News In Brief
US cease-fire monitor william Walker was ordered out of Yugoslavia for publicly accusing Serbs of murdering 45 ethnic Albanians last weekend. But there were hopes of a last-minute compromise that would allow him to stay and forestall punitive air strikes by NATO forces.
For the moment, rebel forces in Angola appear to have gained the upper hand in the renewed war with government troops, a Western diplomat there said. The Army conceded its units were involved in clashes near the strategic northern city of Malanje and that fighting "is difficult in all areas." But it refused to comment on claims that UNITA rebels had seized a bridge across the country's largest river. News reports in Luanda, the capital, said the government had stepped up conscription and recalled retired Air Force pilots.
New violence in the march on Bucharest by striking Romanian coal miners resulted in dozens of injuries to police. About 50 other police were taken hostage, reports said. The strikers, who are paid an average of $209 a month, rejected a government offer of new negotiations to end their 16-day walkout.
The first tour of India in more than a decade by a cricket team from rival Pakistan appeared likely to go ahead after the New Delhi government pressured right-wing Hindus to call off a violent protest campaign. Cricket is the No. 1 sport in both countries, but political tensions have kept their teams from playing on each other's soil since 1987. The two-month series is to open next week amid tight security. Hindus are blamed for ransacking India's cricket-authority offices, digging up one playing field, and pouring acid on another.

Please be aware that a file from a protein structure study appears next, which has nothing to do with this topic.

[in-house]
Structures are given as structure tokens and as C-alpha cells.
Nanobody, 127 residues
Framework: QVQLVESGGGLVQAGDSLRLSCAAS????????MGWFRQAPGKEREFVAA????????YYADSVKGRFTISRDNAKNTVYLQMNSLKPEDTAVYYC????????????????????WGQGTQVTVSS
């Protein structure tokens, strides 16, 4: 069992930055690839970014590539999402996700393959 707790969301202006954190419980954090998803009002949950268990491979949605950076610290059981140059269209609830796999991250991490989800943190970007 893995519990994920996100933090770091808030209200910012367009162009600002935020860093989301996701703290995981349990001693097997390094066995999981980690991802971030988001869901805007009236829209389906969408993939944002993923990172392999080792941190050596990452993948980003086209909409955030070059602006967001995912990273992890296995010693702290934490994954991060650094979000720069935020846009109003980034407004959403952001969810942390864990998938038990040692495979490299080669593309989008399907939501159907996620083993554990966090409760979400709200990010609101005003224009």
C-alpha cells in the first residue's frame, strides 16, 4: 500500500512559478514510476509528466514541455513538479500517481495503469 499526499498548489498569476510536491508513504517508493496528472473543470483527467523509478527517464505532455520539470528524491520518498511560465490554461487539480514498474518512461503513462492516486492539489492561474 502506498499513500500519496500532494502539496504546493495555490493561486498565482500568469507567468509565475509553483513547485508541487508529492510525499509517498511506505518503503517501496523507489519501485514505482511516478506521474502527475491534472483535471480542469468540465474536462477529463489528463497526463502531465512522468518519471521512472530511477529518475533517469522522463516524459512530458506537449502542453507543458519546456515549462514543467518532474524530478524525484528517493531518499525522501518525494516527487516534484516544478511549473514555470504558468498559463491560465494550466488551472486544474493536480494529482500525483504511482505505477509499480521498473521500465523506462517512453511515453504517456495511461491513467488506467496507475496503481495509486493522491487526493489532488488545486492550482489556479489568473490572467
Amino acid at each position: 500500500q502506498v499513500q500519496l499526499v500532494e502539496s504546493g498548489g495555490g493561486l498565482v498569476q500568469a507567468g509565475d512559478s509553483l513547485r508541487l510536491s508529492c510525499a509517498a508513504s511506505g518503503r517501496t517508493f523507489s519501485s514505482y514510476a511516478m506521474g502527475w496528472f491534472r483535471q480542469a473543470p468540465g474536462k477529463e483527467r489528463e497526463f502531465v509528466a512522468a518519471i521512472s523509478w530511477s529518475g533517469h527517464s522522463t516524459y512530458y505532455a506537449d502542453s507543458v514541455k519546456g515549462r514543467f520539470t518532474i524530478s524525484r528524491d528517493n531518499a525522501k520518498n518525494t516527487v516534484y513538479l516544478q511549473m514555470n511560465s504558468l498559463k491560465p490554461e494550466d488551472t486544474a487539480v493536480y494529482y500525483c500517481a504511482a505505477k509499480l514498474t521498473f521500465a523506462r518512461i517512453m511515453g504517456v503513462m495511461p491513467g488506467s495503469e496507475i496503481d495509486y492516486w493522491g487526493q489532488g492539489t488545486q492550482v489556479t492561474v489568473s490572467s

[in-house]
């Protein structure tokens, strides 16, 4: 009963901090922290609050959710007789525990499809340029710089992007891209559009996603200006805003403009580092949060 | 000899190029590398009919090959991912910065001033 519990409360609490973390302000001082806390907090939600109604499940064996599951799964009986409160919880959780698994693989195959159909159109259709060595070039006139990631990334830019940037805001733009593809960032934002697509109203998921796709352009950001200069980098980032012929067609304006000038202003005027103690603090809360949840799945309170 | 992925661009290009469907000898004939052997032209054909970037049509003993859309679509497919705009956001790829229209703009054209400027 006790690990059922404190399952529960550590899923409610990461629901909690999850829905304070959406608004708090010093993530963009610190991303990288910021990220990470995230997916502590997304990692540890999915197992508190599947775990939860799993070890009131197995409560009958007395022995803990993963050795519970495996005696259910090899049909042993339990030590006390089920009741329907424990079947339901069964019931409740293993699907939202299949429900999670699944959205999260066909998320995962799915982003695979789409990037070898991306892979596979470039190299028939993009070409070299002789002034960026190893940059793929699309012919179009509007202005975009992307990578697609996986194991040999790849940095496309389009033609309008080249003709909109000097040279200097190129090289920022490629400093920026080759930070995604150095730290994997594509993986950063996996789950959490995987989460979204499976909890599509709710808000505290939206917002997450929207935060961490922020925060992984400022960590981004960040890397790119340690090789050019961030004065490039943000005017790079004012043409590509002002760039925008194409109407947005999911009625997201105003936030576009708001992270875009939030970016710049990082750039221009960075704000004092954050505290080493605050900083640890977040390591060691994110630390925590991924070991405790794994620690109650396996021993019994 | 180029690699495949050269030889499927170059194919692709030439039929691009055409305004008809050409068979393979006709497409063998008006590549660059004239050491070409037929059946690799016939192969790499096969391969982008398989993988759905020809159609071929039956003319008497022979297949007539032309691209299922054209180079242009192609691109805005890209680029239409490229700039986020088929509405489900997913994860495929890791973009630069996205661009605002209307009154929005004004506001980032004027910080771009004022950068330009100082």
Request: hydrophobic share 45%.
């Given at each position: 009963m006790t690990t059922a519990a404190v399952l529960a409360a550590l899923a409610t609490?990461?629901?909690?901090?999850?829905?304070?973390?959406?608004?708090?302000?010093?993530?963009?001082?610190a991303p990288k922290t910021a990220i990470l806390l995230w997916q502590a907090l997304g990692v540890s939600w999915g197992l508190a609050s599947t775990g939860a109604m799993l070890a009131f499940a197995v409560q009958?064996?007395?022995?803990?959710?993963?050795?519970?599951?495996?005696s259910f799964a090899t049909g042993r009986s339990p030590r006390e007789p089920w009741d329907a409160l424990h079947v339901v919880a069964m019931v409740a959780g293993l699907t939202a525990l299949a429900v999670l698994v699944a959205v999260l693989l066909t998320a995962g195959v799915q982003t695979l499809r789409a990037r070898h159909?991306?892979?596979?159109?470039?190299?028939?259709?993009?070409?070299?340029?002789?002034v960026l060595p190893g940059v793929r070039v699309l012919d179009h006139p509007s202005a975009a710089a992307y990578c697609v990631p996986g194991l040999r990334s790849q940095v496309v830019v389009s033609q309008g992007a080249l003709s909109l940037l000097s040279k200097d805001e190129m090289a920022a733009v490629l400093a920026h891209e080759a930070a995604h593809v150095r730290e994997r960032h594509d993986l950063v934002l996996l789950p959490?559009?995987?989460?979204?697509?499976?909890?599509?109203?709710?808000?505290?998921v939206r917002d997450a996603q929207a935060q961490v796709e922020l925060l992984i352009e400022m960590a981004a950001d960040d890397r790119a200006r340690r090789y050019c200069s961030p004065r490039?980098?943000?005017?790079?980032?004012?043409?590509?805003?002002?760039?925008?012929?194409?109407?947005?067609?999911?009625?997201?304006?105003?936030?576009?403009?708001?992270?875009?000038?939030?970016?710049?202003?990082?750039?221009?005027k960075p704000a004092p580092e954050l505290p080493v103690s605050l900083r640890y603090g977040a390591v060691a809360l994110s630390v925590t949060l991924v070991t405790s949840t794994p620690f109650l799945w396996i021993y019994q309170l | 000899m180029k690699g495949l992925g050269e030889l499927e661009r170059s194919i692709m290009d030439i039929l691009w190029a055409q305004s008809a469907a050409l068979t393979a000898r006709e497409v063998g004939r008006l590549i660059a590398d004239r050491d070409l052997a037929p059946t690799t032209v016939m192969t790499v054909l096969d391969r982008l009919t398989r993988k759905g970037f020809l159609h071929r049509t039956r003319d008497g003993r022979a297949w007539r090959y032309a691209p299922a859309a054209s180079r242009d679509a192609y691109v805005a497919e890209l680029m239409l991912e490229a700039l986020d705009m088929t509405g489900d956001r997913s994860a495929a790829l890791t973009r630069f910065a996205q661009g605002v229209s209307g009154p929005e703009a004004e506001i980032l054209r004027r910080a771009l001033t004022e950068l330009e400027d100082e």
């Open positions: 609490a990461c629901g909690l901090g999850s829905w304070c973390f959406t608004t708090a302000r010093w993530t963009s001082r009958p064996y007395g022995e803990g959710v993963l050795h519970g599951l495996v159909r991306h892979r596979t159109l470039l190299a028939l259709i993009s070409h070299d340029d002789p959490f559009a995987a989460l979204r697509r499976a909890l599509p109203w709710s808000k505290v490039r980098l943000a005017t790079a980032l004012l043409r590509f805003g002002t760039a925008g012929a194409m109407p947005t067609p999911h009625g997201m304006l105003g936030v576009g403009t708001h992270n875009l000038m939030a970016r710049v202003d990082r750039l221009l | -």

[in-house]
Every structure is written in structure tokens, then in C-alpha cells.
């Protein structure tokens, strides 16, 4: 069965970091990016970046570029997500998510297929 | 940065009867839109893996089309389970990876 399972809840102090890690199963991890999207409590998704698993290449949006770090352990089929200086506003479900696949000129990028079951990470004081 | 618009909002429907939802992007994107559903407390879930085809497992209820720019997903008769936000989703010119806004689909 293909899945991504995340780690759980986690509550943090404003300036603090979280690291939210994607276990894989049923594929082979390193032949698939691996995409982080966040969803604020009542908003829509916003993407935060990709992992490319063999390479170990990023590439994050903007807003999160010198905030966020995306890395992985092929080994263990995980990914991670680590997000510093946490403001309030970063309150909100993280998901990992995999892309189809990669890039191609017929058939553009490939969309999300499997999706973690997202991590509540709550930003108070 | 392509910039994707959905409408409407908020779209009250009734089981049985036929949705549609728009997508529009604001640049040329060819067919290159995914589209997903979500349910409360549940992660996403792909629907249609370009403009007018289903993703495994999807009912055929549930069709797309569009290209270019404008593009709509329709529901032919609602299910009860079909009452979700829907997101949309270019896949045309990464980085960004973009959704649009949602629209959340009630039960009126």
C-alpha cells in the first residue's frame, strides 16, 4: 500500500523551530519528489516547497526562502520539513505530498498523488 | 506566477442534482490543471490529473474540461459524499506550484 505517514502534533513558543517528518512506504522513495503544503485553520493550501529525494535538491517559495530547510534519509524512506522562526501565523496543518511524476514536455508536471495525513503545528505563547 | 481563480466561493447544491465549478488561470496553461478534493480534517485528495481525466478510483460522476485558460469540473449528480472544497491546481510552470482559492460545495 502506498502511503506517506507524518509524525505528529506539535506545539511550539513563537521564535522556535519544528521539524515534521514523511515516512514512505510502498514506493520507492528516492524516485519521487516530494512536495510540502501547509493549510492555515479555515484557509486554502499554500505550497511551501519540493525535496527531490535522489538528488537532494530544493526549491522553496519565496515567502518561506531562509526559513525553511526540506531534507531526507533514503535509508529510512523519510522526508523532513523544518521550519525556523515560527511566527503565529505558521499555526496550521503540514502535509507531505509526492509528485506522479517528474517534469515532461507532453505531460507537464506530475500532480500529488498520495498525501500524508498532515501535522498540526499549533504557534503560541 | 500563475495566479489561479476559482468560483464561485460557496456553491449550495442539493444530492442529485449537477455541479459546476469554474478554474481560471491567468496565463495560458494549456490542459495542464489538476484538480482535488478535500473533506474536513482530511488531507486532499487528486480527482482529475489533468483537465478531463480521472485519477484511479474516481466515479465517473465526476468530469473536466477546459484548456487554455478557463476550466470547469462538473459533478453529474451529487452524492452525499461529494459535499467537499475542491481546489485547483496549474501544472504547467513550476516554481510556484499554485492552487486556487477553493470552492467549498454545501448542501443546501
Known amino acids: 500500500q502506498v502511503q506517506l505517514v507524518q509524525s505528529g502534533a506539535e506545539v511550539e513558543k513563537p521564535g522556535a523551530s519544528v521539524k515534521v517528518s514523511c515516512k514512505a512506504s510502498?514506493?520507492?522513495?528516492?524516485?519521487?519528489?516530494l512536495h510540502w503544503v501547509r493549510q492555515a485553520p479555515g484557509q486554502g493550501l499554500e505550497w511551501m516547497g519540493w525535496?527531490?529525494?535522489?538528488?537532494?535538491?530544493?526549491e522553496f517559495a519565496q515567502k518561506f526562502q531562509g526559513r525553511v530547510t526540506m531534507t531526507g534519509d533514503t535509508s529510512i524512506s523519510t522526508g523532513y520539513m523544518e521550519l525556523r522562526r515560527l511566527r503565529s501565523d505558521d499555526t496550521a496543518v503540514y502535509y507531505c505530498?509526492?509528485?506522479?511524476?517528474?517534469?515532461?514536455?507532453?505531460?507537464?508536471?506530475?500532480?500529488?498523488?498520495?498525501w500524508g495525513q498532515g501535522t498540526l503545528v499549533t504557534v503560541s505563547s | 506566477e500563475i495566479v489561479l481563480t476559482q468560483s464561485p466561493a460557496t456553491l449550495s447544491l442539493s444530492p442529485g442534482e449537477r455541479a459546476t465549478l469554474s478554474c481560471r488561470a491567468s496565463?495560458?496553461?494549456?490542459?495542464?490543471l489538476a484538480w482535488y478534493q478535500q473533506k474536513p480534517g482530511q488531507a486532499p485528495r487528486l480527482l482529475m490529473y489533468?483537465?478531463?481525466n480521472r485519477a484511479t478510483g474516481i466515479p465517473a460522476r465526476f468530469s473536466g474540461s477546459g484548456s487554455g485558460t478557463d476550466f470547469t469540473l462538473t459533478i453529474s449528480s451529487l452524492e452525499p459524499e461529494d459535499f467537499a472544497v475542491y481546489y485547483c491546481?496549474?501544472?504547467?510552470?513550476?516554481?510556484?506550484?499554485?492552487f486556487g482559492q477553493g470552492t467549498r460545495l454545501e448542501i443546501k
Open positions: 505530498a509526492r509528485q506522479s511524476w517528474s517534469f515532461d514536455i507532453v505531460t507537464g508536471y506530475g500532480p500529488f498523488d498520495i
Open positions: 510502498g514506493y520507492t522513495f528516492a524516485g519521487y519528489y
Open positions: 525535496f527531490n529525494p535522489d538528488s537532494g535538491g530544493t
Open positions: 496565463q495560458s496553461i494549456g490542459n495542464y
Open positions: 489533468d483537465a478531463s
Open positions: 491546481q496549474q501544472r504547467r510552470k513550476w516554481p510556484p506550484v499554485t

"Designer plague" weapons that would target specific ethnic groups could be as few as five years away, researchers warned. At a London news conference, Dr. Vivienne Nathanson of the British Medical Association said genetic information already is being used to enhance biological weapons that eventually could be used by rogue states or terrorists. The news conference was called to launch a new book, "Biotechnology Weapons and Humanity," whose authors say they want to raise public and political awareness of the potential danger.
Opening what are expected to be two of the busiest years of his papacy, Pope John Paul II is due in Mexico today for a visit advertised as a "special message of hope for Latin America." On Tuesday he plans a stop in St. Louis, where the agenda includes his fourth meeting with President Clinton. Also ahead: a trip to his native Poland and possibly Romania, a synod with European bishops, and 160 other events during what the Vatican calls "Jubilee 2000."
The biggest landslide victory in Barbados history returned Prime Minister Owen Arthur and his Labor Party to office for a second term. The winners took all but two seats in Parliament, mainly on the strength of an improving economy.
Compiled by Robert Kilborn and Lance Carden